Ebooks, video downloads and other things.

Discussion in 'Economy' started by william the wie, Sep 15, 2010.

  1. william the wie
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    william the wie Gold Member

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    Ereaders are dropping in price and bookstores are in ever bigger trouble. Video downloads exist but are not yet at takeoff. The SWAGs I get claim about a 1.2 million job loss in production and distribution over the next two years. What else is likely to eliminate Mcjobs? And how big of a hit is likely?
     
  2. loosecannon
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    loosecannon Senior Member

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    well the internet has savaged the news print industry, the retail industry, along with as much commercial real estate already.

    Even the postal service is hurting due to e-mail, while UPS and FedEx are thriving.

    Books, movies, free television programing and television itself as well as cable may be next. Why not radio as well?

    So you think these job losses will be realized at home but the new jobs that replace them will originate overseas?
     
    Last edited: Sep 15, 2010
  3. blu
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    blu Senior Member

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    the next thing to go is movie theaters and what a great day it will be!

    the mppa is already working on deals so that you can stream movies to your house that are currently in theaters. Once this happens, theaters are going to die with 95% of people under 30.

    I have a huge TV and surround at my house, why the fuck would I pay $10+ a movie to deal with dumbass people and $8 for a small drink?

    once every house has broadband the entire industries of print newspapers, movie theaters, etc will die
     
  4. william the wie
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    william the wie Gold Member

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    Actually no and Cable is already starting to lose subscriptions. It's the software distribution channels that are dying. For example I go to hulu almost every night to watch TV shows but since last night was drop night I went to my local Barnes and Noble.

    I was shocked when I got there four or more book cases were gone to make room for a larger Nook display, DVDs were taking over CDs as Audio downloads destroy the CD market, even the expresso machine was down. So how long until I can go to B&N.com and get video burned on a DVD? I can download CDs now, I can down load books at a deep discount to hardcopy now. Since I am skittish about Amazon.com and its possible tracking software I will probably stick with B&N or BAM. Books-A-Million now has a promotion of its downloads at every cash register. I don't know the exact tipping point but within a year I expect hard copy books to be a specialty item like analog audio vinyl is now. Video and games are the next thing to go to internet distribution.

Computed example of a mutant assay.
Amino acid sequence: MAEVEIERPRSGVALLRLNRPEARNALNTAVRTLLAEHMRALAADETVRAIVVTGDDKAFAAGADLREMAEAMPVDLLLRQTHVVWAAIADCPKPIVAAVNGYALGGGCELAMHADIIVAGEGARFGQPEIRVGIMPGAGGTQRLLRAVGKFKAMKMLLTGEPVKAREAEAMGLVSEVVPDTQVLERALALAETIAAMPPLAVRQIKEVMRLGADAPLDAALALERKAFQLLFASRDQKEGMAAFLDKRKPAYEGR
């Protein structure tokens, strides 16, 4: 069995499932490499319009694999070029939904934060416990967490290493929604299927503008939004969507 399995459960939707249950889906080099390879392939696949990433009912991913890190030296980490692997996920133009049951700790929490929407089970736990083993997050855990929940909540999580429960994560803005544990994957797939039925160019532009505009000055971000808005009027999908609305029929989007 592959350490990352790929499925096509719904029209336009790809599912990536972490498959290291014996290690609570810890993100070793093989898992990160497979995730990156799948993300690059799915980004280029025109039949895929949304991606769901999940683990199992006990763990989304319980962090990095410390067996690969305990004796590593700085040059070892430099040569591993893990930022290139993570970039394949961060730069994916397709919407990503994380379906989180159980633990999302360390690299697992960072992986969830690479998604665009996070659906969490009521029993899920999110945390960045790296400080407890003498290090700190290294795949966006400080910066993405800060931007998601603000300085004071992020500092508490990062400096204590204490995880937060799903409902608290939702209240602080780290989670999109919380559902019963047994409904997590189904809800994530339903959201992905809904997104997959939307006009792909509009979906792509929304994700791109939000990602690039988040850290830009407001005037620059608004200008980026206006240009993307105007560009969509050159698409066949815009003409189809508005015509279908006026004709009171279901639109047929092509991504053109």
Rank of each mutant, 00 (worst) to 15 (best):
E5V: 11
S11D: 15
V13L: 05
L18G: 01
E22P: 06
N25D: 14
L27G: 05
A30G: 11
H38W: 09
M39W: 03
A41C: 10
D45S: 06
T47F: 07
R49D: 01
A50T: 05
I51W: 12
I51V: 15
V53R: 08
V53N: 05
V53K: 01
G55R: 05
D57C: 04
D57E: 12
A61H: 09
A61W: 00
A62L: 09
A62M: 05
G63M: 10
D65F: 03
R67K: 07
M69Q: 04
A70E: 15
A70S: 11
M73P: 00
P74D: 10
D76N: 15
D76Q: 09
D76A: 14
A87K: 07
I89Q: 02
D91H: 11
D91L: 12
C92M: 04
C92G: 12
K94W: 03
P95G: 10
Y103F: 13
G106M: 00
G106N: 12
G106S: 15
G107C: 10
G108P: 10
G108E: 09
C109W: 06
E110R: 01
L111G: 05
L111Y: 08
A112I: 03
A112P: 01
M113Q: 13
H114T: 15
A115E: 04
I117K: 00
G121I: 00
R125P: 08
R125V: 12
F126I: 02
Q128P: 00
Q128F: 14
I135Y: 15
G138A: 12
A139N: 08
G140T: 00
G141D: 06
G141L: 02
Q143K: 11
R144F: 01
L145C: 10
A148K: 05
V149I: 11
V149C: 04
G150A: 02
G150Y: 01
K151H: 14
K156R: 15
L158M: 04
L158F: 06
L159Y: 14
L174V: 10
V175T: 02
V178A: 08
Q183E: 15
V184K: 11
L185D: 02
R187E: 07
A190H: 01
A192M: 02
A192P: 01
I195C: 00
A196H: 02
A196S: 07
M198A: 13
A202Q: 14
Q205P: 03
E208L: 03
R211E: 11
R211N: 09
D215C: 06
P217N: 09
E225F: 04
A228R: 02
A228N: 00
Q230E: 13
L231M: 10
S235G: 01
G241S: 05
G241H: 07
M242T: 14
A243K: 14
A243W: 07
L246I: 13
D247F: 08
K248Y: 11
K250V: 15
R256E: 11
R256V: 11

Huge sections of public libraries will go vacant before libraries close for good. Book, music, video, games and no doubt other things I can't even imagine or even think of as software will go bye-bye. I have never learned HTML because I think of it as a transitional technology. I figure it is not going to be too long before I find a quick link on my toolbar that will create links for me. Working on computer circuits back in the day of transistors I remember the numerous memory aids for the resistor color code, the magnifiers to tell em from mu and other hard won knowledge that is now worthless. Hell, I even have a working sliderule with owner's manual, greased that bad boy up with WD-40 just last week.

    Maid/Gardner/handyman robots with down loadable instructions for the Honey Do list are going to eliminate millions of Mcjobs and eventually the original Mcjob at McDonald's. This is a huge shift.
     
  5. william the wie
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    william the wie Gold Member

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    So true but it will increase unemployment.
     
  6. uscitizen
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    uscitizen Senior Member

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    We still have a drive in movie down the road.
     
  7. william the wie
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    william the wie Gold Member

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    Some exceptions do persist. The US still has farriers and buggywhip makers too and they are good paying jobs even though there are not many of them. Entire websites providing mail and plate armor plus repairs also exist. About three miles from my house is a "Knives R Us" where I can buy bastard swords right off the shelf and special order fitted armor but it ain't a growth industry. Barding a horse for a tournament is nearly as expensive as the horse but I can get that done local too. Chariot races tend to be more rare but I understand they are available within driving distance. Movie theaters will not vanish entirely either but they will become rare.
     
  8. loosecannon
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    loosecannon Senior Member

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    It started out as the dawn of a new industry and evolved into an industry killing automation scheme.

    It really is a great example of Oddball's premise that technology reduces the resource consumption/unit.
     

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